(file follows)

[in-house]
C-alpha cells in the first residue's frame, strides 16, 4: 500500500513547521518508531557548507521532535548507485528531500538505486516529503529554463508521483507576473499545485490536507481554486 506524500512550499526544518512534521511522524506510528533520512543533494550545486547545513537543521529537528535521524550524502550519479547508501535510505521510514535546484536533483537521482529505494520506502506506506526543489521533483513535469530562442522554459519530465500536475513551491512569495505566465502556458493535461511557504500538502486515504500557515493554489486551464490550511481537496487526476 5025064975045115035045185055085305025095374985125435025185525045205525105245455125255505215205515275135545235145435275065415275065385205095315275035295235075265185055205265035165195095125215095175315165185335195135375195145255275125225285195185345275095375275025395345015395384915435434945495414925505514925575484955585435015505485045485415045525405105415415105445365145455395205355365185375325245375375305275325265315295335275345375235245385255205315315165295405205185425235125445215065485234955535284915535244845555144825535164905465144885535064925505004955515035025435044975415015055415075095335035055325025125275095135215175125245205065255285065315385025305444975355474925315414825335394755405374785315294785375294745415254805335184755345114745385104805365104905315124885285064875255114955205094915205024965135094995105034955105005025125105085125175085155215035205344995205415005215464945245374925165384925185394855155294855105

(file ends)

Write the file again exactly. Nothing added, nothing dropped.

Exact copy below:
[in-house]
C-alpha cells in the first residue's frame, strides 16, 4: 500500500513547521518508531557548507521532535548507485528531500538505486516529503529554463508521483507576473499545485490536507481554486 506524500512550499526544518512534521511522524506510528533520512543533494550545486547545513537543521529537528535521524550524502550519479547508501535510505521510514535546484536533483537521482529505494520506502506506506526543489521533483513535469530562442522554459519530465500536475513551491512569495505566465502556458493535461511557504500538502486515504500557515493554489486551464490550511481537496487526476 5025064975045115035045185055085305025095374985125435025185525045205525105245455125255505215205515275135545235145435275065415275065385205095315275035295235075265185055205265035165195095125215095175315165185335195135375195145255275125225285195185345275095375275025395345015395384915435434945495414925505514925575484955585435015505485045485415045525405105415415105445365145455395205355365185375325245375375305275325265315295335275345375235245385255205315315165295405205185425235125445215065485234955535284915535244845555144825535164905465144885535064925505004955515035025435044975415015055415075095335035055325025125275095135215175125245205065255285065315385025305444975355474925315414825335394755405374785315294785375294745415254805335184755345114745385104805365104905315124885285064875255114955205094915205024965135094995105034955105005025125105085125175085155215035205344995205415005215464945245374925165384925185394855155294855105